Broken halos and shattered horns: overcoming the biasing effects of prior expectations through objective information disclosure

Abstract

In three studies the authors seek to extend prior research by examining the simultaneous effects of positive (halos) and negative (horns) health-related inferences. How the provision of objective point-of-purchase nutrition information moderates the effects of these pre-existing health halo and health horn effects on food evaluations and choices is considered. In Study 1 predictions addressing the interaction between a recently mandated objective nutrition disclosure and initial product category healthfulness perceptions are proposed and supported. Study 2 extends findings from this initial online experiment to a more realistic retail environment, and Study 3 addresses how different presentation exposure contexts (on a package compared to a nutrition poster) affects evaluations and how evaluations related to the information disclosure are linked. Since the USDA recently required retailers to provide nutrition information at the point-of-purchase for beef and poultry products, these results have important implications for consumers, producers, retailers, and policy makers.

This is a preview of subscription content, log in to check access.

Fig. 1
Fig. 2
Fig. 3
Fig. 4
Fig. 5

Notes

  1. 1.

    We base our predictions on both past findings (Husted 2005) and the assumption that consumers perceive chicken to be healthier than beef. We performed a pilot test to confirm this premise in which 79 student participants (mean age = 22) rated the healthfulness of both chicken and beef on a seven point scale. Results supported our premise, but we utilize results from the main study for our primary support for the perceived difference. Results from the pilot are available upon request.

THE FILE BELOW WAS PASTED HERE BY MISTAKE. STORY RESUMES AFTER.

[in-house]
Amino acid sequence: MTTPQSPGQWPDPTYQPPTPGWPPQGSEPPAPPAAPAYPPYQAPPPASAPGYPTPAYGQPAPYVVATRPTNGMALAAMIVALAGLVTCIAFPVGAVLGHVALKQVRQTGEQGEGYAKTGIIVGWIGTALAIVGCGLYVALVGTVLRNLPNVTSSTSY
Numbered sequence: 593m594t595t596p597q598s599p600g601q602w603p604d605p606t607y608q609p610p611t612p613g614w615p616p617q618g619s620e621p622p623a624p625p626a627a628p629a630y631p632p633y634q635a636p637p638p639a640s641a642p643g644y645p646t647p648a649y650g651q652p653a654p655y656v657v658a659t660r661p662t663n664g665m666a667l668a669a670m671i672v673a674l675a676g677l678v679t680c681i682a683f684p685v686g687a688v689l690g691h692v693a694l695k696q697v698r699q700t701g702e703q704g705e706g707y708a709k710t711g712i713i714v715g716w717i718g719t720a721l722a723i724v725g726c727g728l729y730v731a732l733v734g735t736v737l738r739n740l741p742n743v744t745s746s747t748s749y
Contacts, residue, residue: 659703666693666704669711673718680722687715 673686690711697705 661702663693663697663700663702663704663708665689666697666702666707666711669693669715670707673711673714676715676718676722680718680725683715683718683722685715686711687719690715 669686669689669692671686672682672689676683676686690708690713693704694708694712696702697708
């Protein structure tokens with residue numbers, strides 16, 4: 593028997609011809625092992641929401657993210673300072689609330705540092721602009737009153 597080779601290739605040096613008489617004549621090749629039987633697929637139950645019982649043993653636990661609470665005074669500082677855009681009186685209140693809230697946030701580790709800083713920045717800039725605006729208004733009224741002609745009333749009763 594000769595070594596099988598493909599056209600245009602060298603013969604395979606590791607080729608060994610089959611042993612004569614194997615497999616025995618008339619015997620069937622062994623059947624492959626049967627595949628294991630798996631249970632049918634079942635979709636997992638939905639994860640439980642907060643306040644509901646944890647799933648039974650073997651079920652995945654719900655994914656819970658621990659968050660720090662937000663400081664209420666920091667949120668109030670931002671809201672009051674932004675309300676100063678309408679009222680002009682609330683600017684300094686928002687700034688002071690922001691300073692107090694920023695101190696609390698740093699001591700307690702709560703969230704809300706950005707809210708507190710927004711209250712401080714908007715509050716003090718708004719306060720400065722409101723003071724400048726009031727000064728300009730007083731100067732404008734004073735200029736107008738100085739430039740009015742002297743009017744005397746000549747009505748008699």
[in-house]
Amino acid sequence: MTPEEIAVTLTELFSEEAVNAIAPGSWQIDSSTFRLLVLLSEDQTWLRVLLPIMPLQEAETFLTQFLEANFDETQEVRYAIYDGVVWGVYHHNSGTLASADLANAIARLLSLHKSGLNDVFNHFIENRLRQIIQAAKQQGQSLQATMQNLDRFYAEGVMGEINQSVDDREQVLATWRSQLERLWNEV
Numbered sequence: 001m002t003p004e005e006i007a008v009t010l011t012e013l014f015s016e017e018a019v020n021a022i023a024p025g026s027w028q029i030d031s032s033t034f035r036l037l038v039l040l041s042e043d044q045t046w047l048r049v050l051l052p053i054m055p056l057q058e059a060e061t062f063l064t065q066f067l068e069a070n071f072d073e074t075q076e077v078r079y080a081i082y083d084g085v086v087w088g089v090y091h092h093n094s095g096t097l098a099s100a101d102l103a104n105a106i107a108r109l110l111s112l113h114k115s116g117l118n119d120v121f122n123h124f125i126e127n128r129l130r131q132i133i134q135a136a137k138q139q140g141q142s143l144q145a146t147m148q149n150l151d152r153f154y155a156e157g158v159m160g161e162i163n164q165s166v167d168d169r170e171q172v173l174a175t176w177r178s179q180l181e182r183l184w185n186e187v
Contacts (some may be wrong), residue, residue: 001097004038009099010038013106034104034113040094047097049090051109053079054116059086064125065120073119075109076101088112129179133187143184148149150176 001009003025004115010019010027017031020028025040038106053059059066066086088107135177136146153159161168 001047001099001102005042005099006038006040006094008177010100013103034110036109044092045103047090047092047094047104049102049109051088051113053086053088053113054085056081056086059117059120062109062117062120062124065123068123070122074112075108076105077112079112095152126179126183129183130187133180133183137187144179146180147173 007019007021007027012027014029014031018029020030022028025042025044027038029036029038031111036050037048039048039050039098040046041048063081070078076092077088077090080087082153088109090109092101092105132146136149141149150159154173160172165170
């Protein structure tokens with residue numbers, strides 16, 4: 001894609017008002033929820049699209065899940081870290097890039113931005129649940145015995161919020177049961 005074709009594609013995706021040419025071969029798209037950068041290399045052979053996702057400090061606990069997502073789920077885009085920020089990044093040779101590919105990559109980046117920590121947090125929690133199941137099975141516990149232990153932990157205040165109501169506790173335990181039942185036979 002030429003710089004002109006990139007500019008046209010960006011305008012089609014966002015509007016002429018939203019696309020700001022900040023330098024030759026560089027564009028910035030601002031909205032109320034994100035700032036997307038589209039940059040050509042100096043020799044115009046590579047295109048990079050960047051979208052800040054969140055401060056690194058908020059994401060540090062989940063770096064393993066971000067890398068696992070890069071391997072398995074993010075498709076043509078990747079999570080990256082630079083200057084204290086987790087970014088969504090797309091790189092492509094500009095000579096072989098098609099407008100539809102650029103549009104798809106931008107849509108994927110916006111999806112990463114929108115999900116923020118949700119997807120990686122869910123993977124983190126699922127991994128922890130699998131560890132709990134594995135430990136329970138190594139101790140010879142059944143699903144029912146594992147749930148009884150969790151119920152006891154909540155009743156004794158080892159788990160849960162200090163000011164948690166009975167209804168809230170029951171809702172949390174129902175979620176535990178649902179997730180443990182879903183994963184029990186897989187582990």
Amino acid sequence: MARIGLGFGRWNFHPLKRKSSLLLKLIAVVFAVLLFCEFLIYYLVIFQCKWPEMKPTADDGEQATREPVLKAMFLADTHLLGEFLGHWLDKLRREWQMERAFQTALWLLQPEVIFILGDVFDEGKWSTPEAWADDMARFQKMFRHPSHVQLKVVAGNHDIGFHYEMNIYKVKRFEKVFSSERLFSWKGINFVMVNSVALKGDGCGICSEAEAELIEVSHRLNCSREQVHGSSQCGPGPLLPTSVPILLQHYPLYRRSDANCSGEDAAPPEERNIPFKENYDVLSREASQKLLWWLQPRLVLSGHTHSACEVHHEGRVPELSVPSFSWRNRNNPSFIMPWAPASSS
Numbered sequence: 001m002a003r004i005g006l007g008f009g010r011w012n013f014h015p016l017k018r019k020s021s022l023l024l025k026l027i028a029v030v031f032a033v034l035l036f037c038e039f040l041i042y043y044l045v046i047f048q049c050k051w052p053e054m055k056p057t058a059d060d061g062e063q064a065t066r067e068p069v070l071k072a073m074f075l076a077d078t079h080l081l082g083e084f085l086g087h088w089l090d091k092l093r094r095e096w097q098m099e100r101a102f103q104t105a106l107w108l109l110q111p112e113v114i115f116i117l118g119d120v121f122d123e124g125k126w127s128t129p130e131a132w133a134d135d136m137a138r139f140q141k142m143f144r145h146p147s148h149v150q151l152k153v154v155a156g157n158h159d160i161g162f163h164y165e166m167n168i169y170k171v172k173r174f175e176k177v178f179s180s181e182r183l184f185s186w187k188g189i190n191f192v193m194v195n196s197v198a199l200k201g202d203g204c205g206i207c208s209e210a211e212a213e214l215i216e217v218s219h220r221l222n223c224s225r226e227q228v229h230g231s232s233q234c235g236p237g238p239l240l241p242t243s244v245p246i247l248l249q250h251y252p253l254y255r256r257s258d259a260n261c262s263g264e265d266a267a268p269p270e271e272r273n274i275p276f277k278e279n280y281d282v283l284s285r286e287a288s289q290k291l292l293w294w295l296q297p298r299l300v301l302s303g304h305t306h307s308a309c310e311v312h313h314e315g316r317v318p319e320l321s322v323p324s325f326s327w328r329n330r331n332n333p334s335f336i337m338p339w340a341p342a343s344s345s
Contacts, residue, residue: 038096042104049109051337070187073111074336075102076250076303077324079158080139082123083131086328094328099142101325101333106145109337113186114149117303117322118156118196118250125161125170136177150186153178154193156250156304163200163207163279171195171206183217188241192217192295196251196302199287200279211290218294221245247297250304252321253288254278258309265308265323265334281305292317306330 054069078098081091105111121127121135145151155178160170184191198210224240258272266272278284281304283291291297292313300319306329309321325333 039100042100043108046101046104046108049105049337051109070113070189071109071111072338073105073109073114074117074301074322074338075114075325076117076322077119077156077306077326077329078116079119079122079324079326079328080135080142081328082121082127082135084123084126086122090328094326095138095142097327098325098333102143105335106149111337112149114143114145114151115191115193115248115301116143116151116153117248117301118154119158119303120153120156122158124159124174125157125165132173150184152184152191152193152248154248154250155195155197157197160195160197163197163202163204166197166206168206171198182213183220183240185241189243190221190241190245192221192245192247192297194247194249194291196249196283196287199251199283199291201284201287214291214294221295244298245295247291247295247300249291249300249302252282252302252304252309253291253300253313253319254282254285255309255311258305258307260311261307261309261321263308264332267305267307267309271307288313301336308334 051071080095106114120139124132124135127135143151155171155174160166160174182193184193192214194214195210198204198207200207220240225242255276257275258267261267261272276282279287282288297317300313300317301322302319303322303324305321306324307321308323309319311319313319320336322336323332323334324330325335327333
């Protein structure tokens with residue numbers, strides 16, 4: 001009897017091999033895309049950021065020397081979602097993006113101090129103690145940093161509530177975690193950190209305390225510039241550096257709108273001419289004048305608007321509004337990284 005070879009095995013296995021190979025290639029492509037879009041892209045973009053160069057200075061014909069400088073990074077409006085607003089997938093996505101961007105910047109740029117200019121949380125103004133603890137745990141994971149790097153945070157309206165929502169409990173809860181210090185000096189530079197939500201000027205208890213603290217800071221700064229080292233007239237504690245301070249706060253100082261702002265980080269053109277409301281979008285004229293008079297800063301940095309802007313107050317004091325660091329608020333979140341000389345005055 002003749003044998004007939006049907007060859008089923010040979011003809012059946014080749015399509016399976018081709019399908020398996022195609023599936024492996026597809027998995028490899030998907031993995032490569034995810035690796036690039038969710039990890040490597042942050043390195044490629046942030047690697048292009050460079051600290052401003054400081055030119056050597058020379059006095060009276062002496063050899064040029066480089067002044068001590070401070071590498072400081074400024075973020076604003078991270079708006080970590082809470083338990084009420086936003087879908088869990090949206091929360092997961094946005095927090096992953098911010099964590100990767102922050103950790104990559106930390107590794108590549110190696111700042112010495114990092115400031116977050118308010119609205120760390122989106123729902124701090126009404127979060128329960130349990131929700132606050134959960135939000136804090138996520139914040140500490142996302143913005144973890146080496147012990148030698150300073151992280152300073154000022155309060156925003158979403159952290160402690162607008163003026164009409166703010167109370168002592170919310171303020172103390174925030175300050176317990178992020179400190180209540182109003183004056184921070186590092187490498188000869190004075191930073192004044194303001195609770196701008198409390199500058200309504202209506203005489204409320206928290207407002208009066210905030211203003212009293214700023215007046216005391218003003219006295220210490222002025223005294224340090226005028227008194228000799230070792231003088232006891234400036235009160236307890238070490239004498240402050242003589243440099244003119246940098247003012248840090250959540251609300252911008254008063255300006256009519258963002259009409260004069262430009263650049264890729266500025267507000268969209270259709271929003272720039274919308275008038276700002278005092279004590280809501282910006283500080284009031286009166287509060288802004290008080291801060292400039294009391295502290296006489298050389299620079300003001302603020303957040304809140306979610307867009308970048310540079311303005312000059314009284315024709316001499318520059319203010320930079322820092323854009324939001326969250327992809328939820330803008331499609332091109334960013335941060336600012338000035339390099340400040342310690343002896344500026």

2. 2.

    Results of additional contrasts are as follows: calories ‘health horn’ confirmation (p > .1) and ‘health halo’ confirmation F(1, 253) = 4.98, p < .05; total fat ‘health halo’ disconfirmation F(1, 253) = 20.7 and ‘health horn’ disconfirmation F(1, 253) = 31.2 (p < .001 for each); saturated fat ‘health horn’ confirmation (p > .1). (All contrasts across all studies are available upon request).

  3. 3.

    The positive correlation between these risk measures was high for each of the products (all > .60; p < .001), and thus separate analyses for these risk measures were consistent with results for the multi-item measures.

  4. 4.

    As suggested in Fig. 5, results also showed that when information was accessed, there were no significant differences between the package and poster conditions, when compared to the no information controls.

  5. 5.

    We focus on the total indirect effect, as is recommended in examining multiple mediator effects (see MacKinnon 2008; Kenny 2013). However, while due to length considerations we limited the presentation of all mediation results, we extended our analyses to assess the relative strength of the two mediators on the indirect effect. Consistent with what may be inferred from Fig. 5, healthfulness mediated effects on both risk perceptions and purchase intentions, for both the poster and the package. In addition, there was little evidence that perceived risk contributed to the indirect effect on intentions beyond the healthfulness measures (i.e., risk did not tend to mediate the effect of healthfulness on purchase intent). This pattern supported the general contention that the primary mediational effect would be through overall perceptions of healthfulness.

References

  1. Anderson, J. (1983). The architecture of cognition. Cambridge: Harvard University Press.